Eggrolls

Crisphy cha gio on top of a bed of vermicelli

Cha gio, or Vietnamese eggrolls: one of my favorite things to eat. I can make 100 of them and nibble on them every day for weeks. I never get tired of this homemade version which is a recipe I modeled after my own mother’s. And you know mama’s home cookin’ is the best kind of cookin’ they is.

My mom used to make these as a treat every once in awhile, and they’re so good that I don’t even eat them with nuoc cham, or the fish dipping sauce that is a staple condiment for many Vietnamese. I prefer the eggrolls virgin, untouched and unmarred by any any additional sauce or lettuce or vermicelli. Of course, eating them this way makes them disappear much quicker, so I like to feed them to others with a bowl of vermicelli (bun cha gio).

This recipe is not exactly my mothers–she passed away when I was 14, an age before I became interested in cooking. But of the dozens of Saturday mornings I spent in the kitchen peeling eggroll skin after eggroll skin for her, I got to “know” the ingredients by sight and smell. It sounds a little sick, but I loved inhaling the aromatic raw meat and vegetable mixture that is to become the eggroll filling. As a matter of fact, I still do that today when I make eggrolls–that’s the only way I know if the mixture needs more fish sauce or garlic or whatever.

So eggrolls being one of the things I missed most from my mama’s kitchen after she died, I came up with my own concoction that, if my memory doesn’t fail me, tastes incredibly similar to hers. Now if only I was talented enough to figure out her homemade pho from scratch.

Eggrolls contain pork, but one time in elementary school for an international culture week, my mom substituted the ground pork with turkey because I had a Muslim classmate. Now that I have a husband who avoids beef and pork, I too make my eggrolls with ground turkey. They’re not as juicy but they’re healthier. (Well, as healthy as they can be after being submerged in the canola oil.).

I must say cha gio are my masterpiece, but they’re only made like once a year because the whole process–from chopping the veggies to wrapping the eggrolls to frying them–used to take six hours or something insane. Thank God for the food processor, which now has cut my prep and cook time down to a mere four hours. (Har, har.) Don’t let that scare you away from attempting them though; keep in mind that I’m a slow worker, not to mention blind. So remember that if I can do it, so can you. Plus in the recipe below, I’ve cut it by half, so it should only take a couple of hours. But I promise, they’re totally worth it.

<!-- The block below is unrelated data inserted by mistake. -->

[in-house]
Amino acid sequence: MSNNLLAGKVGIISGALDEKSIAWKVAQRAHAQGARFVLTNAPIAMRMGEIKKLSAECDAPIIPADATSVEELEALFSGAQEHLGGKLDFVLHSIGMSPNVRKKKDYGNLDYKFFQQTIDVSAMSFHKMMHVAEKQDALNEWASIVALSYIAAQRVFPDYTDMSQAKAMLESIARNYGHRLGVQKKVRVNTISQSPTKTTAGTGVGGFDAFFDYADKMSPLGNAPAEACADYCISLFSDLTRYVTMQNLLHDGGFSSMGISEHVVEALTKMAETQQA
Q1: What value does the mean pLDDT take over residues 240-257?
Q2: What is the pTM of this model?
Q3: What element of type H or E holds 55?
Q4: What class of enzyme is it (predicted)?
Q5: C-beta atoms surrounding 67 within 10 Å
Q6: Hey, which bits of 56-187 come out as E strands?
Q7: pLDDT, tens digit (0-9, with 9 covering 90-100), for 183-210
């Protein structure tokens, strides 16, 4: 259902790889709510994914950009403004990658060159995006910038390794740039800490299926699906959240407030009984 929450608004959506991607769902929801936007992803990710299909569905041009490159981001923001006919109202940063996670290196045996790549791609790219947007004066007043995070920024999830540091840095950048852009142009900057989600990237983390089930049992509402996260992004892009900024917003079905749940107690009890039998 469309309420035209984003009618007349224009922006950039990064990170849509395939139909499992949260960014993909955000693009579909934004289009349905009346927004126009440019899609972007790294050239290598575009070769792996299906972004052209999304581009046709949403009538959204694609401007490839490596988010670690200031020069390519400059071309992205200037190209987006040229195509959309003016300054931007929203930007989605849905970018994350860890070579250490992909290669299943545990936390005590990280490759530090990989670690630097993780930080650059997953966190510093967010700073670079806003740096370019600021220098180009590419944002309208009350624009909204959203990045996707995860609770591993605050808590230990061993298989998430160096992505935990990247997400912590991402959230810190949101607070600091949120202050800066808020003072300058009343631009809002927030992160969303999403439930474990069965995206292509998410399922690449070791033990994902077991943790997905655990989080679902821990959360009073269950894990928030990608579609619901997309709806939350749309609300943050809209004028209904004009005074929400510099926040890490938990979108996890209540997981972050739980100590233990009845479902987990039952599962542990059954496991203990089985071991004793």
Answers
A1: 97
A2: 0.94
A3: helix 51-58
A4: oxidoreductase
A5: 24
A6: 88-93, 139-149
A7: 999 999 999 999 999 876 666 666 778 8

Recipe: Vietnamese Fried Spring Rolls

Notes: The folding technique is as follows: if using the square eggroll wrappers, set the skin so that it is a diamond in front of you. Set the filling in the lower center of the skin. Fold the corner pointing at you up over the mixture. Then fold in the two sides. Then roll eggroll away from you, sealing the far corner with a little bit of beaten egg. If using round rice paper for skin, simply wet the banh trang in a lg. bowl of very hot water. It just needs to be immersed for a few seconds; don’t oversoak–the paper will get more and more pliable as it soaks up the water. Oversoaking the rice paper results in mushy skin that will tear easily. Place the circular skin in front of you, place the filling in the lower center of the skin. Fold in the same pattern as with the square skins, but omitting the beaten egg for sealing. The authentic Vietnamese eggroll uses rice paper for the skin, but many use the Filipino lumpia eggroll skin nowadays. Just be sure not to use the Chinese eggroll skin; I made that mistake the first time I ever made eggrolls (yes, back in college), and the skin puffed up like a wonton crisp, which is NOT what you want.< /p>

Ingredients

    For the filling:

  1. 1/2 yellow onion, roughly chopped
  2. 1 carrot, roughly chopped
  3. 2 ozs wood ear mushrooms, reconstituted as needed
  4. 4 ozs bean thread noodles, reconstituted as needed
  5. 1 shallot, thinly sliced
  6. 2 cloves garlic, thinly sliced
  7. 1/4 lb shrimp, peeled
  8. 1/2 lb ground pork
  9. 2 to 3 tbsp fish sauce
  10. 1 egg, lightly beaten
  11. For the wrapper shell:

  12. 1 (50-ct) pkg spring roll wrappers or rice paper
  13. 1 egg, lightly beaten (if using spring roll wrappers)
  14. oil for frying

Instructions

  1. Make filling: In a food pro, combine onion, carrot, mushroom, and noodles; pulse until finely chopped and transfer to bowl. Add shallot, garlic, and shrimp to food pro; purée until smooth. Mix together chopped veg, shrimp mixture, pork, fish sauce, and egg; season with pepper. Cover and chill at least 1h.
  2. Wrap rolls: If using spring/egg roll wrappers, wrap and use egg to seal. If using rice paper: Reconstitute rice paper and wrap.
  3. Fry rolls: In a heavy-bottomed pot, heat oil to 350°F. Fry until golden and crisp; drain on wire racks lined with paper towels.

Active time: 2h
Total time: 2h 30m
Yields: 50 spring rolls

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5 Discussion to this post

  1. dark mark says:

    mmmmm….i absolutely love me some eggrolls, from filipino style lumpia to thien an's EXCELLENT cha gio. i think i need to try yours if they are as good as you say they are. not a fan of viet eggrolls in lumpa wrappers though. they HAVE to have all the little bubbly stuff all over it.

  2. Food chick says:

    Thank you for the article. I've been branching out on my food choices lately, variety is the spice of life after all. Vietnamese food looks great, will give this a go!

  3. Jenny says:

    Thanks for the Recipe Christine!
    I would like to wish you and your family a prosperity Lunar New Year!!

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